Funding / Indiegogo

We were planning on doing a project about a year ago, and at the time realized that perhaps that wasn’t the best way to go.  Our reasons were sound at the time.  Kickstarter requires that your “project” have a specific, limited goal.  At first we thought we’d just ask people to help us raise money for a single piece of equipment to satisfy Kickstarter’s project requirements.  We soon realized we need a lot more to get our business off the ground and then abandoned the idea.

After looking at traditional funding options (angel investors) we came full circle and realized that if we could just get the equipment for making chocolate and build molds, that would get us far enough to help raise the rest of our total needed funds.  So, we decided that we’d ask for funds to purchase just that equipment, which in turn would also allow us to produce the rewards that we’d want to offer.  So we decided to go with Kickstarter after all.

For those of you not too familiar with the website.  Well, it’s what’s referred to as a “crowd-sourcing” website.  Which basically means, you are asking for funding support from anyone for a project with a specific goal, like trying to record an album or create a comic book.  The idea is that if your project is interesting and compelling enough, people will want to support you and contribute money.  To encourage people to help, you offer “rewards” at different levels of contributions.  For example: If you are trying to produce a comic book.  Simple offering a copy of the comic book (pre-order) for so much money etc.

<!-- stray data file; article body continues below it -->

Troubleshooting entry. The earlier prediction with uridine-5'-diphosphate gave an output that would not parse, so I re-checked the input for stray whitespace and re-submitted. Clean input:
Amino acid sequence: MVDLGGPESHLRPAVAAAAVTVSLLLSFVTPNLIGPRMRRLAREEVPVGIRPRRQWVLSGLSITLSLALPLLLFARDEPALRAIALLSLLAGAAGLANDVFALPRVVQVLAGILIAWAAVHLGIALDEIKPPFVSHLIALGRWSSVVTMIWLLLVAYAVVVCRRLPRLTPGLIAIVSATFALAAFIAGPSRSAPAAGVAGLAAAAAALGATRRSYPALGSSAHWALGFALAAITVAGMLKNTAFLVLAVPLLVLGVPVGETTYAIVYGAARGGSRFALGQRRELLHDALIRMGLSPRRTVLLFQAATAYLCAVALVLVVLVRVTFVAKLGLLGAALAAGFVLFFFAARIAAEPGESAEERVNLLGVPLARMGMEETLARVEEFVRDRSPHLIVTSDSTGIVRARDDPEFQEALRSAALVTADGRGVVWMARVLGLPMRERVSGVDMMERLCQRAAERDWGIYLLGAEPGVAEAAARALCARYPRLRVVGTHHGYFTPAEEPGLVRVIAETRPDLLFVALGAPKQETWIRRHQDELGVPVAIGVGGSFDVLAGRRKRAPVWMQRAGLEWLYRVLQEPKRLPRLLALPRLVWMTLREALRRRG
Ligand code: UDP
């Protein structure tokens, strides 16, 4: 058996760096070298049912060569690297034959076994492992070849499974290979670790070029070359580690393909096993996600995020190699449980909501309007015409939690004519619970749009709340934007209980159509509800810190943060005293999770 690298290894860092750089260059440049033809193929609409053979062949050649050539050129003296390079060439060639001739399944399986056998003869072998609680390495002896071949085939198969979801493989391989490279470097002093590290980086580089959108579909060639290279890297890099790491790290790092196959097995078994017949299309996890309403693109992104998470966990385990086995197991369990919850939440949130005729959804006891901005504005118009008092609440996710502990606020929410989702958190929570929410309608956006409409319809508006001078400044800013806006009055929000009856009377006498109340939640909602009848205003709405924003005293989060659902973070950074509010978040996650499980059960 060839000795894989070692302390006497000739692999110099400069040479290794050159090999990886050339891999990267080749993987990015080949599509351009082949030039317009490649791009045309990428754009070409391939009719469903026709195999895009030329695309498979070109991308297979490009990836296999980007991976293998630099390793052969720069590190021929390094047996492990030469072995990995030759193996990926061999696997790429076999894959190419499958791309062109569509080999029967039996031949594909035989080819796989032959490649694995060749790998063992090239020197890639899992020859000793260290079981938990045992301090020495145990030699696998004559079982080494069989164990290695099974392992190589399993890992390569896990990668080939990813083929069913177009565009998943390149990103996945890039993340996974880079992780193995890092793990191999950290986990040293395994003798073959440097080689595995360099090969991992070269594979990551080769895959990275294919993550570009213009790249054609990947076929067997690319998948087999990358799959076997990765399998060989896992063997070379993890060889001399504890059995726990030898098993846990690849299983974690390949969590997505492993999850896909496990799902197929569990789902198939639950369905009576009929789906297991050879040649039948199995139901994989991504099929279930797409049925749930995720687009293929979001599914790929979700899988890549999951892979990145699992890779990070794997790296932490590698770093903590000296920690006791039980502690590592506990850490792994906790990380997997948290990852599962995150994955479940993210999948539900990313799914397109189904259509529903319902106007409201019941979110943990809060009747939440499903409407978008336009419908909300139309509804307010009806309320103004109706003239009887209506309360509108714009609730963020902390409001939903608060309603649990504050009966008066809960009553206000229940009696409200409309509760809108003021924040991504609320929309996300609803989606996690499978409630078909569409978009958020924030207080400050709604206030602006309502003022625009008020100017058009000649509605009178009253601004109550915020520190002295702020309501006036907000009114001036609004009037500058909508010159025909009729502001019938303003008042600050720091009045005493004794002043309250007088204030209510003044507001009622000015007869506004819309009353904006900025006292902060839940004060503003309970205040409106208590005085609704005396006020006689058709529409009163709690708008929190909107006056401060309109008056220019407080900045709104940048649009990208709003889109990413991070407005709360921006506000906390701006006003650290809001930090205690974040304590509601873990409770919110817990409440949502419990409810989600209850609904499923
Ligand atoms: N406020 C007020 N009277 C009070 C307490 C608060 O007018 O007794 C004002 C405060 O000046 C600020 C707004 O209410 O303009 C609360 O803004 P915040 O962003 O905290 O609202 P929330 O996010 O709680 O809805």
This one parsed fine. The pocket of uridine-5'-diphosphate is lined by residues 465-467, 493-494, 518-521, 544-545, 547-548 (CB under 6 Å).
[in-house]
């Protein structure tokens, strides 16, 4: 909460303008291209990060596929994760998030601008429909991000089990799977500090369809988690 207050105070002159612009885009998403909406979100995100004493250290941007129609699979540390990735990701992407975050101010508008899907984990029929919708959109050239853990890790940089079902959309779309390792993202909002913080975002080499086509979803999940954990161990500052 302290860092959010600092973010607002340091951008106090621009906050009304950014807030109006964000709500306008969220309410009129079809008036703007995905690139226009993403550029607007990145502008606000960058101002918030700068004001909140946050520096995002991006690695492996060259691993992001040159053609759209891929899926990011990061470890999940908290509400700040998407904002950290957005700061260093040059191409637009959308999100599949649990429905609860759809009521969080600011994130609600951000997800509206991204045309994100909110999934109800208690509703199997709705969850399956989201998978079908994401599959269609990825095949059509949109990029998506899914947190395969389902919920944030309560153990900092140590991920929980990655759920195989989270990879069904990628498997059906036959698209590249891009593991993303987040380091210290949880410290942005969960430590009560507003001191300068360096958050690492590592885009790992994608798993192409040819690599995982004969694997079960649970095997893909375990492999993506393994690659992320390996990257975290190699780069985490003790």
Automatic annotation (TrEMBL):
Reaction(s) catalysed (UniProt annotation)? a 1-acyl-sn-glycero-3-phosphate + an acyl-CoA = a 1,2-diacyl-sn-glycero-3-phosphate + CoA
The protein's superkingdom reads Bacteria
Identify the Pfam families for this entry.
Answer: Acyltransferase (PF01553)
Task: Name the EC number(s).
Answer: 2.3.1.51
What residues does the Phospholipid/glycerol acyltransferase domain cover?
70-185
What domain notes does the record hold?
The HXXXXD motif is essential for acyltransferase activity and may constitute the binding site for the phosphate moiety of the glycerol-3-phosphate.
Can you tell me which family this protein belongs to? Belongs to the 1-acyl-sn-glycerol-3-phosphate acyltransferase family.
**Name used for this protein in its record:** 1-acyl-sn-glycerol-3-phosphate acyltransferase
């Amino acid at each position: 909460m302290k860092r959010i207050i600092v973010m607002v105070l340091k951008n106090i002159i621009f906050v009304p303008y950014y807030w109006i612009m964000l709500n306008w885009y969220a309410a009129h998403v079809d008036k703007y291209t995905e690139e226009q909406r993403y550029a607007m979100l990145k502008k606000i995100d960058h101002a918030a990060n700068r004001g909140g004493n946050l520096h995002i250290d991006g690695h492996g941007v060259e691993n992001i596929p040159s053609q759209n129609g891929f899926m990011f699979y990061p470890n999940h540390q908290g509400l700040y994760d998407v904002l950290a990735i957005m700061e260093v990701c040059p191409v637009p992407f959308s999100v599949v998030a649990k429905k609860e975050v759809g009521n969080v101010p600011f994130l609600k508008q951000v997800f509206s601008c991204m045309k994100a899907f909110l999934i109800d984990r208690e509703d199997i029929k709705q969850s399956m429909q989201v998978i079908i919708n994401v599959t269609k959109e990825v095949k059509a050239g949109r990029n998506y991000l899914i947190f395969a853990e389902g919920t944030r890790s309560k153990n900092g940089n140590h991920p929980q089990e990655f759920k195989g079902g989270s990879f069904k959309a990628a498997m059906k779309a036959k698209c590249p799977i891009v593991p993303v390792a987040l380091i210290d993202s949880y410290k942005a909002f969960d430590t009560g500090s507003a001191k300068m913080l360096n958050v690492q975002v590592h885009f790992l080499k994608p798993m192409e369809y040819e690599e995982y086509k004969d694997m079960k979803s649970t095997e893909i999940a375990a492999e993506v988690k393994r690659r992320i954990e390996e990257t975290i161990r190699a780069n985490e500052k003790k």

Well, we submitted our project for review, and waited for an answer.  Unlike some of the platforms, Kickstarter requires a review process.  Unfortunately, Kickstarter has narrowed it’s scope more and more as to what kind of projects it will accept, and as it turns out, ours was not one of them!  I didn’t take long to make a decision (even before I got final word from Kickstarter) and shifted gears, moving our project to Indiegogo.  Indiegogo is a competing platform.  They have the same functionality as Kickstarter, but offer more funding options, AND they are more startup business friendly.  While Kickstarter is narrowing it’s focus, Indiegogo is expanding theirs.  Thankfully we were able to shift quickly, and made the decision early enough to do so, that I believe limited the damage of building our funding campaign and reach.  I think most people believe that you can just launch a project and hope that the reach of the internet alone will do the work for you.  I think if you have a small funding goal and an interesting project, I think you can get away with this.  However, when you are trying to raise $99,000 in 30 days, you have better have gotten your act together.

We are in gear, and are now putting the final touches on our project, video, and organizing our advertising campaign as I write this now.

We will be running the project for 30 days.  We are allowed to run it up to 60 days, but from our research, most projects that fund successfully fund with a 30 day duration.  I think that makes sense in a way.  Any more than 30 days, and you run the risk of fatigue or people simply forget to contribute thinking they have plenty of time.

Yes we will probably get some people that simply stumble onto our project and support it, simply because they like it.  Obviously we’d love that and more, but can’t count on that as the entirety of our support framework.

Please don’t forget to sign up on our Indiegogo email list, and we will let you know when the project starts, share our progress, and announce cool, surprise rewards.  When our project launches, you can click here to go right to our page.

Thanks, and wish us luck!